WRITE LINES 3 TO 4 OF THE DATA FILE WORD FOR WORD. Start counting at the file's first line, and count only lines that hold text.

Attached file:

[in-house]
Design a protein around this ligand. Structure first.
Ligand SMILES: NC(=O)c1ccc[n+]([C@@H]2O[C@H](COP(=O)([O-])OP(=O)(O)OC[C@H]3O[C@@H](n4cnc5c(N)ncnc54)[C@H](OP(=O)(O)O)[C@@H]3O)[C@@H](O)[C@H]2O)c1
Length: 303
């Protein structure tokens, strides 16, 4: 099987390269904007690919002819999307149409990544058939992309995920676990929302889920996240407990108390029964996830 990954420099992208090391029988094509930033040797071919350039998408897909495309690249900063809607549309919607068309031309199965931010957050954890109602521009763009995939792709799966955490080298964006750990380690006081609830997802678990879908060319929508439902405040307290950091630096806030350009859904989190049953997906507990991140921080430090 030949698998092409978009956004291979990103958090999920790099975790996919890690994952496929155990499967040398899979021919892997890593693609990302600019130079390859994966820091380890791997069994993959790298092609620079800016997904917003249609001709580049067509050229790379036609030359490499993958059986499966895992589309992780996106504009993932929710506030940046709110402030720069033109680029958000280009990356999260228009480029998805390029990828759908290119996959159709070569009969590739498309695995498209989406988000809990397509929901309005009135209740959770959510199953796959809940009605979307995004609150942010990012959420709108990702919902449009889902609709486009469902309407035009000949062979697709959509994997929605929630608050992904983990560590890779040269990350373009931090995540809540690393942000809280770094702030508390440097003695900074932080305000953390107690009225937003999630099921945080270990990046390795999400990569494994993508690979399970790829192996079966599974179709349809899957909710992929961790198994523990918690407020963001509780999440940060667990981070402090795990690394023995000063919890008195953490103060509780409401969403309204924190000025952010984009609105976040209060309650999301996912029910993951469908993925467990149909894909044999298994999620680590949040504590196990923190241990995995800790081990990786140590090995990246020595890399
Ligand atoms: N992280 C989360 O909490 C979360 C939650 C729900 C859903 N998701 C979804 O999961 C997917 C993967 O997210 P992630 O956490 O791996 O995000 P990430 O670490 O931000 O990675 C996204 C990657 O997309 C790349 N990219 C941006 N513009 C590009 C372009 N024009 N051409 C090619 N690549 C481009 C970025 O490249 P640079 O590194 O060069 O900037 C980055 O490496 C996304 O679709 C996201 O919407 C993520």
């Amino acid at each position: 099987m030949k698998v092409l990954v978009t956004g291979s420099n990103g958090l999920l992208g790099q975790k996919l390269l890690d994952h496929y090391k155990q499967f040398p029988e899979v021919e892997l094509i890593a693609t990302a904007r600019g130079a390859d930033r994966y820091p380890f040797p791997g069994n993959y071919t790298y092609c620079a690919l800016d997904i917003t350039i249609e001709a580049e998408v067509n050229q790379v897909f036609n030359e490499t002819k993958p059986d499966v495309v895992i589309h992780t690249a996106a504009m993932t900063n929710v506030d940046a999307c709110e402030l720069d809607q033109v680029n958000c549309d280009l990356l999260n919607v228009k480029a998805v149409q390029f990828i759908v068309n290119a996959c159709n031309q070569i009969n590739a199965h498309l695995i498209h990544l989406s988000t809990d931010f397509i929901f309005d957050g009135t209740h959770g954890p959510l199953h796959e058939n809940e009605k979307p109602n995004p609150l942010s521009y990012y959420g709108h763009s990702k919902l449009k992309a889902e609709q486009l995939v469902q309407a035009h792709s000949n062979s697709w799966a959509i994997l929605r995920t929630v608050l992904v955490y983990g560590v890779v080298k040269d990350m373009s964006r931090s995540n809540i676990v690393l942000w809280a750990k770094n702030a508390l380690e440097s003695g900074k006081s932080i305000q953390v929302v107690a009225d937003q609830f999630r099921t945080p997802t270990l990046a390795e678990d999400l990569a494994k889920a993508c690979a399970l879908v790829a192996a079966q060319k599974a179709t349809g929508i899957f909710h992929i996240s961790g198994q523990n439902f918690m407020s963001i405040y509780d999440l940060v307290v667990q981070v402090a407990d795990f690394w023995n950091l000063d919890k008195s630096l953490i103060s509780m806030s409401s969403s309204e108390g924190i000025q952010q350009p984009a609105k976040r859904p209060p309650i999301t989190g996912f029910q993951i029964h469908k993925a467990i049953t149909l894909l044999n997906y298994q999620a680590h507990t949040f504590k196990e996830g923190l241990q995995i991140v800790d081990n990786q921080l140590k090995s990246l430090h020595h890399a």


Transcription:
Ligand SMILES: NC(=O)c1ccc[n+]([C@@H]2O[C@H](COP(=O)([O-])OP(=O)(O)OC[C@H]3O[C@@H](n4cnc5c(N)ncnc54)[C@H](OP(=O)(O)O)[C@@H]3O)[C@@H](O)[C@H]2O)c1
Length: 303